The book's plot involves Raven, an assassin who was hired to kill the "Minister of War" in some foreign country, being set up and betrayed by his employer. The employer's lackey pays Raven off with money reported stolen from a payroll heist, which puts the police on Raven's trail for the payroll heist he didn't do the moment he spends a tiny amount of the cash. Raven is a psychopath, a psychopathy caused by his deformity, a harelip. He immediately forms the intent to obtain vengeance on the unknown employer. His paths cross with that of Anne Crowder, the girlfriend of the police detective on his trail, on a train to Nottwich, where she has been hird to be a showgirl in a show produced by the lackey. Raven's intent is to kill Anne as a loose end, but ultimately she becomes an ally who helps him figure out who his treacherous employer was.

The movie follows the plot, except for moving the story to America and putting the action after the outbreak of World War II. One of the interesting points is that Greene wrote the book in 1936 and he foresees the result of the assassination of the Minister of War as the trigger for the next major war, sort of a view that the next Great War would start in the same way as the Great War of 1914 began. Of course, when the movie was made in 1942, everyone knew that isn't what happened, but it is an interesting insight into the anxiety that existed in the pre-war period.

The story moves at a good clip. The plot details hold together. Raven is an interesting but not sympathetic character. I'd say that the book's Raven is far more interesting than the version that Alan Ladd offered on screen. The book offers an intriguing look at the period prior to World War II.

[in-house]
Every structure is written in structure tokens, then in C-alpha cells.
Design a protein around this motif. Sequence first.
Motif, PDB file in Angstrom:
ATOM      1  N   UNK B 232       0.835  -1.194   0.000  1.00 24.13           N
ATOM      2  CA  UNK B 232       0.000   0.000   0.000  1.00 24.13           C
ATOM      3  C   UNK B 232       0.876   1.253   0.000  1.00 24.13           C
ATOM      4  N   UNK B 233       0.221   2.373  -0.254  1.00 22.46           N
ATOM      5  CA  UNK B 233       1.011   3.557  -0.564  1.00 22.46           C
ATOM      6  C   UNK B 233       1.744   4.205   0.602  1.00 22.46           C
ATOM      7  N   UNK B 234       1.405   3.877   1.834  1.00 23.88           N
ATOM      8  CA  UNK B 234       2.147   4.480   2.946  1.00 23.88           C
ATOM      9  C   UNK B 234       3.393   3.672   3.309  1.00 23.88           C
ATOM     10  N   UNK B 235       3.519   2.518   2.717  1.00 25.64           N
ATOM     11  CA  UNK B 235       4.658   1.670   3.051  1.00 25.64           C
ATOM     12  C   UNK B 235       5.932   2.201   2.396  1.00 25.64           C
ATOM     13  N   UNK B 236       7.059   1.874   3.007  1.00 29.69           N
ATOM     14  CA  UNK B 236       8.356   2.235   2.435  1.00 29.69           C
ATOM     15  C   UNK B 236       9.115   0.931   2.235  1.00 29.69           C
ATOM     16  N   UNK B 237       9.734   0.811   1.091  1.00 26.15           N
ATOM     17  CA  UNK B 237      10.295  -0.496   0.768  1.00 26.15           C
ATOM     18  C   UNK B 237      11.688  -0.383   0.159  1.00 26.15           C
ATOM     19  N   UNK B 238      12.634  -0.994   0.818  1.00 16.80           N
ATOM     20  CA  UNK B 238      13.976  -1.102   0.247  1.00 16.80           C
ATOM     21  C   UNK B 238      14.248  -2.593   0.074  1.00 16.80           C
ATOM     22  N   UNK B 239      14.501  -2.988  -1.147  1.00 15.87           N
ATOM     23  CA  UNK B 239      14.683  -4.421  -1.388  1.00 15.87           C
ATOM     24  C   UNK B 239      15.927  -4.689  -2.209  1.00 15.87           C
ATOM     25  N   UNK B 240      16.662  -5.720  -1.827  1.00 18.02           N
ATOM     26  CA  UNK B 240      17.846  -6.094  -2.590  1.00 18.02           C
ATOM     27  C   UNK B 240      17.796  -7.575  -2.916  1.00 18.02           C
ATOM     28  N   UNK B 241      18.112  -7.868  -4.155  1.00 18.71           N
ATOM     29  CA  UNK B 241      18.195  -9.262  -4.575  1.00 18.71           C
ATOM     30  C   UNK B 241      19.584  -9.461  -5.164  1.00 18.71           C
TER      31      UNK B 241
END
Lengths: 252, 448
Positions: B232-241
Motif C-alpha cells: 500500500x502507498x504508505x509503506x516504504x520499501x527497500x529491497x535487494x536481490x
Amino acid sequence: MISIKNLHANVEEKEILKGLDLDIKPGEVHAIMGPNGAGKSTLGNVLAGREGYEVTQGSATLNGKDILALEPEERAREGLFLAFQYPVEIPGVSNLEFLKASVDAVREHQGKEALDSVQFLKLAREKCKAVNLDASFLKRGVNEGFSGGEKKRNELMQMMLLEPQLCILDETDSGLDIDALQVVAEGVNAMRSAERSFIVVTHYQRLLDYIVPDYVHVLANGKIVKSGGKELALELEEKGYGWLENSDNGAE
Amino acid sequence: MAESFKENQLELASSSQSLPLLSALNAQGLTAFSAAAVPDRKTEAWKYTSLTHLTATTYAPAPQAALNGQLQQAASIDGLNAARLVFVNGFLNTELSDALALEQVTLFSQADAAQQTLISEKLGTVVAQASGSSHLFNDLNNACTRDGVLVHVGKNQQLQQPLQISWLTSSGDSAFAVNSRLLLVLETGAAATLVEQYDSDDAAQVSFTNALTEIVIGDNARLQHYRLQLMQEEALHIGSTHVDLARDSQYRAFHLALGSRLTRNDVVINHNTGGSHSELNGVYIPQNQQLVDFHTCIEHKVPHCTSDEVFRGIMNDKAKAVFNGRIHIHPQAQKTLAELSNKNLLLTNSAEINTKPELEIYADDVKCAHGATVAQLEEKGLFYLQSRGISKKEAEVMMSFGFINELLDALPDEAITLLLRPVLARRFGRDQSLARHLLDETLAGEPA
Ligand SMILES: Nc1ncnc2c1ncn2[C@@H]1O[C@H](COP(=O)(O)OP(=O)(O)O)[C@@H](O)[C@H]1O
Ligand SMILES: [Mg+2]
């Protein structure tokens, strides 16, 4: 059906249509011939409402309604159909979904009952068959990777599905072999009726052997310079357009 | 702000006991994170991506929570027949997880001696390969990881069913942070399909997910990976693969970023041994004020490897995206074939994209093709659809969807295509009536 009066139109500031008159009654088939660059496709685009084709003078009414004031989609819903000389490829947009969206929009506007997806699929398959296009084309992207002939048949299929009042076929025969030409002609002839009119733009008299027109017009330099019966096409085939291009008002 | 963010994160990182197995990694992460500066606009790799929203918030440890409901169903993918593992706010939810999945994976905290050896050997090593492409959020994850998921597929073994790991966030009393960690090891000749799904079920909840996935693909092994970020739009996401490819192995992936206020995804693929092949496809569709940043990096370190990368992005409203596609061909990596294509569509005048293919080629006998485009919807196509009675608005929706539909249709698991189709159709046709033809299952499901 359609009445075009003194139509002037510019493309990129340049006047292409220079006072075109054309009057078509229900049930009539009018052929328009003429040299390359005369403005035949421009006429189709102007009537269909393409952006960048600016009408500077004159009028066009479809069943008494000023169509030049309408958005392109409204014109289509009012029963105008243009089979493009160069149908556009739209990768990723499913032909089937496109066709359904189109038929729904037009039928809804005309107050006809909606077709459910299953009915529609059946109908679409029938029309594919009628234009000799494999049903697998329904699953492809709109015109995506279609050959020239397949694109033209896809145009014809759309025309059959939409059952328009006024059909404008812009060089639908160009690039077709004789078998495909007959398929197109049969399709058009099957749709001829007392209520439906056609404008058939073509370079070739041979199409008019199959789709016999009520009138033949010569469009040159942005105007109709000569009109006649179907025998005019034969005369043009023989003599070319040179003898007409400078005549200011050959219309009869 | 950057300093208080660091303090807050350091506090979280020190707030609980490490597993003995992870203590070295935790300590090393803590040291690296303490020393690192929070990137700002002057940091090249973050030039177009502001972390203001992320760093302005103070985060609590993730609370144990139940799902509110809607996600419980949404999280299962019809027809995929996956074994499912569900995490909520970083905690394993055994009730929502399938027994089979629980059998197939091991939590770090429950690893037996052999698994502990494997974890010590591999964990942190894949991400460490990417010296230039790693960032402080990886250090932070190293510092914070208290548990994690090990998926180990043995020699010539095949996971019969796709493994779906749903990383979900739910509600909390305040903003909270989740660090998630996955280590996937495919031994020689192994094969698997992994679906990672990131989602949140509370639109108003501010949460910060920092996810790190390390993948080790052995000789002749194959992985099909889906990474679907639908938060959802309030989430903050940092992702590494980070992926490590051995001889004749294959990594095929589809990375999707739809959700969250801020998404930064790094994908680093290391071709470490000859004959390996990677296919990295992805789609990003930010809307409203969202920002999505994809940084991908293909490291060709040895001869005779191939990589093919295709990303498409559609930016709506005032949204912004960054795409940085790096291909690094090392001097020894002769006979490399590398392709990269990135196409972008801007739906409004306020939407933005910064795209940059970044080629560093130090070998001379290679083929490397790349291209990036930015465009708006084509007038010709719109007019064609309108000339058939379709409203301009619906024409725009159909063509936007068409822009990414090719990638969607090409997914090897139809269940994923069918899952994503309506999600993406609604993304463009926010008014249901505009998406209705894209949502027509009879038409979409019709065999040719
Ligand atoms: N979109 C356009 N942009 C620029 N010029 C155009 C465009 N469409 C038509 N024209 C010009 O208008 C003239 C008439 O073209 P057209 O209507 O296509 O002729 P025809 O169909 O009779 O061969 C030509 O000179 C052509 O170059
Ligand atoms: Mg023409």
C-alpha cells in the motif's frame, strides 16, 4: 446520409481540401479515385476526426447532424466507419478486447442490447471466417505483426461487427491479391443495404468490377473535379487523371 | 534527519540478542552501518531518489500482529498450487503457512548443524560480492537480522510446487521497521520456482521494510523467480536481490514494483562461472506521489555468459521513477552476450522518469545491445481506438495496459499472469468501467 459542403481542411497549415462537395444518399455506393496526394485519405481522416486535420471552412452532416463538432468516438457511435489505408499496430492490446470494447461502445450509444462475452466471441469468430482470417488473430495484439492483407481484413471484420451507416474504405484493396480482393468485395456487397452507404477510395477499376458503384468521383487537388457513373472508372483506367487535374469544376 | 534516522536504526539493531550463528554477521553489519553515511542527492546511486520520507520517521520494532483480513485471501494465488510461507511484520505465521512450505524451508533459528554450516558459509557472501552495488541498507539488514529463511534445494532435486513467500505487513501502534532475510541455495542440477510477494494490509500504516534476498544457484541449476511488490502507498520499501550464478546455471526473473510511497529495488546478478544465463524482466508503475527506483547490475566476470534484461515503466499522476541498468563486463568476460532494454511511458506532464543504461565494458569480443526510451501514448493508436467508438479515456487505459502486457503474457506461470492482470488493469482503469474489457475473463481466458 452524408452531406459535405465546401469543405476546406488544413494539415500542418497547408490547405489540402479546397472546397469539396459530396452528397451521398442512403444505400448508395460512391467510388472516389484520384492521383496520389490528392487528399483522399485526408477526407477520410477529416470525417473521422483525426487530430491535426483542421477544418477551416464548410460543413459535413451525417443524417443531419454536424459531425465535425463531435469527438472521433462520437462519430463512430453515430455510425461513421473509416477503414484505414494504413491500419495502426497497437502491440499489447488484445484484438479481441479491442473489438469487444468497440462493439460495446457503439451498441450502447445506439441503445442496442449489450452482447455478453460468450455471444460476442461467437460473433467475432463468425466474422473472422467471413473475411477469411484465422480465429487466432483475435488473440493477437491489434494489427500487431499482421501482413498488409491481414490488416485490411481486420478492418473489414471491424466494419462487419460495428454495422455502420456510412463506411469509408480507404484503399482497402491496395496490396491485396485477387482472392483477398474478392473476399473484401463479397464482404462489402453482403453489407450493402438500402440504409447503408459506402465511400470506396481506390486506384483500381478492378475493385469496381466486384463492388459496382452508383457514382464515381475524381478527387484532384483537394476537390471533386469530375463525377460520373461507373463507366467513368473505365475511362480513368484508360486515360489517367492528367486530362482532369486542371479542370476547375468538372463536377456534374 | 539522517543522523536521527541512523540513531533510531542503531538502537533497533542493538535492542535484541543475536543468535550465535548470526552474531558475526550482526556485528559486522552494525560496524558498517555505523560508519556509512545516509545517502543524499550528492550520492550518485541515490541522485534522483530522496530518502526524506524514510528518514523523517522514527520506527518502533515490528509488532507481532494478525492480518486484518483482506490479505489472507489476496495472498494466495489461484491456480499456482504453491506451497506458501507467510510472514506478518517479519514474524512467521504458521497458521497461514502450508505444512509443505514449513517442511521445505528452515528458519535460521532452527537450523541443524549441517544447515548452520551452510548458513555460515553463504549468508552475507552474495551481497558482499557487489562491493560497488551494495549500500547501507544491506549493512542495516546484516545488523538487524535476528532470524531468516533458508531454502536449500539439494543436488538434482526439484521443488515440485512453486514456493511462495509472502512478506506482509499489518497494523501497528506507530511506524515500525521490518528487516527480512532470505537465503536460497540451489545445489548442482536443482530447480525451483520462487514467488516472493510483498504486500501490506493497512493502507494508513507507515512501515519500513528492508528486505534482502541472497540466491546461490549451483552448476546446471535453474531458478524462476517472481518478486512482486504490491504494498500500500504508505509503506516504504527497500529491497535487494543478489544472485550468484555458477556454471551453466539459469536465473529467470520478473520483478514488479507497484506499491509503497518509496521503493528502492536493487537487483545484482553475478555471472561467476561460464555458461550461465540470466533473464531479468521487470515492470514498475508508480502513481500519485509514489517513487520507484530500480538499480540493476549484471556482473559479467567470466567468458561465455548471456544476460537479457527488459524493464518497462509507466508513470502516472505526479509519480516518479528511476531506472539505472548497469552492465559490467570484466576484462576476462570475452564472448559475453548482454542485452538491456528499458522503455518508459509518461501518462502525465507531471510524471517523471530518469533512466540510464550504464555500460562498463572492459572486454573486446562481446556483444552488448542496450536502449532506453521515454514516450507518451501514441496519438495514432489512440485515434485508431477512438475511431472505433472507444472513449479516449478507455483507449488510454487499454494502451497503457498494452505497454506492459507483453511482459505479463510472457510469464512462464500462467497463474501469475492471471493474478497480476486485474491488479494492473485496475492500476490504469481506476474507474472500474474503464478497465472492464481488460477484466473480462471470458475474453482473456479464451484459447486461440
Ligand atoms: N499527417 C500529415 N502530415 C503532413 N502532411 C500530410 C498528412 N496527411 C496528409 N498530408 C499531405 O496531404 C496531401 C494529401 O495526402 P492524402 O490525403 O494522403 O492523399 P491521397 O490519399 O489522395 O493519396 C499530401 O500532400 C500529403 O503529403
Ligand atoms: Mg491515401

I recommend it.

vraper's review

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3.0

A Gun for Sale boasts probably the best opening to a crime/thriller novel in the world ever. A cold-hearted assassin stalks through a colder street and assassinates a Government minister. Within thirty pages, a world war is in the offing. Absolutely brilliant, stark, noir and atmospheric.

The rest of the book isn't as much cop (pun intended). The many coincidental meetings between the cop's girlfriend Anne, assassin Raven, his employer Chomunpronounable, and the cop Mather strain believability. The characters' motivations aren't clear or believable either, especially Anne and Raven, and the middle of the book descends into a chase through the not-especially-interesting setting of the small northern town of Nottwich.

lostinabookbrb's review

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3.0

This book is about a guy named Raven who murders a very important man without knowing how important he was for money. The guy who pays Raven betrays him by giving him stolen money. War is about to break out because of the very important man being dead. That's the general plot and I'm missing details but I figure people can read the summary already provided.

The book was decent. It dealt with a lot of things that I didn't know about, I'm not really keen on politics anyway but the story was generally okay. I liked Anne and the feelings she had towards Raven, they were constantly shifting.